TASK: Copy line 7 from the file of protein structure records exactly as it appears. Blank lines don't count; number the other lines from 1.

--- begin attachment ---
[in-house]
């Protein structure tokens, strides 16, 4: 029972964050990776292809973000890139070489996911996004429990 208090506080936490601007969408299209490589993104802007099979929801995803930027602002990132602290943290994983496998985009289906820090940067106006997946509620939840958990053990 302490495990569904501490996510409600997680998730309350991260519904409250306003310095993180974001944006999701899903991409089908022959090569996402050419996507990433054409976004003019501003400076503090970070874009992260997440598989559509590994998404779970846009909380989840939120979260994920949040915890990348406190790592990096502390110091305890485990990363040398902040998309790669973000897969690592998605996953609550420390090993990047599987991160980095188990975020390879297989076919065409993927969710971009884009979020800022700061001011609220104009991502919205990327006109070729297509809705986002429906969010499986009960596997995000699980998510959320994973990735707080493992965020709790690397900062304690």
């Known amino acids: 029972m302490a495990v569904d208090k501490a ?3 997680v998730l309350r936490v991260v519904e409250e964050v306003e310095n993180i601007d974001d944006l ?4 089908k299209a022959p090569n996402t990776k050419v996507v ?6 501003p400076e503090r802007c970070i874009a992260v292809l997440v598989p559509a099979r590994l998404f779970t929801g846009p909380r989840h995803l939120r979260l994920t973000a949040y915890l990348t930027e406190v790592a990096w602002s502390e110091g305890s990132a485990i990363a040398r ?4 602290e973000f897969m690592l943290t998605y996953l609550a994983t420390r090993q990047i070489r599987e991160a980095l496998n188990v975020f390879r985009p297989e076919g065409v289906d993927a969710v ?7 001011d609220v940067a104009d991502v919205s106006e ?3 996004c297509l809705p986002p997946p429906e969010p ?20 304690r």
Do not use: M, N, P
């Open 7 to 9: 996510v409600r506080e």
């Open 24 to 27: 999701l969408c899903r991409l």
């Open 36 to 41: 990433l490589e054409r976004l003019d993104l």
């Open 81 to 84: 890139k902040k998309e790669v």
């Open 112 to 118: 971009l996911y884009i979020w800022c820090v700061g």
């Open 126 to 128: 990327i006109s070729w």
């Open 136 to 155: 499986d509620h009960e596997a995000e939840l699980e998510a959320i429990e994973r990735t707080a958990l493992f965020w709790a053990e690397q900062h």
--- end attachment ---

């Open 36 to 41: 990433l490589e054409r976004l003019d993104l």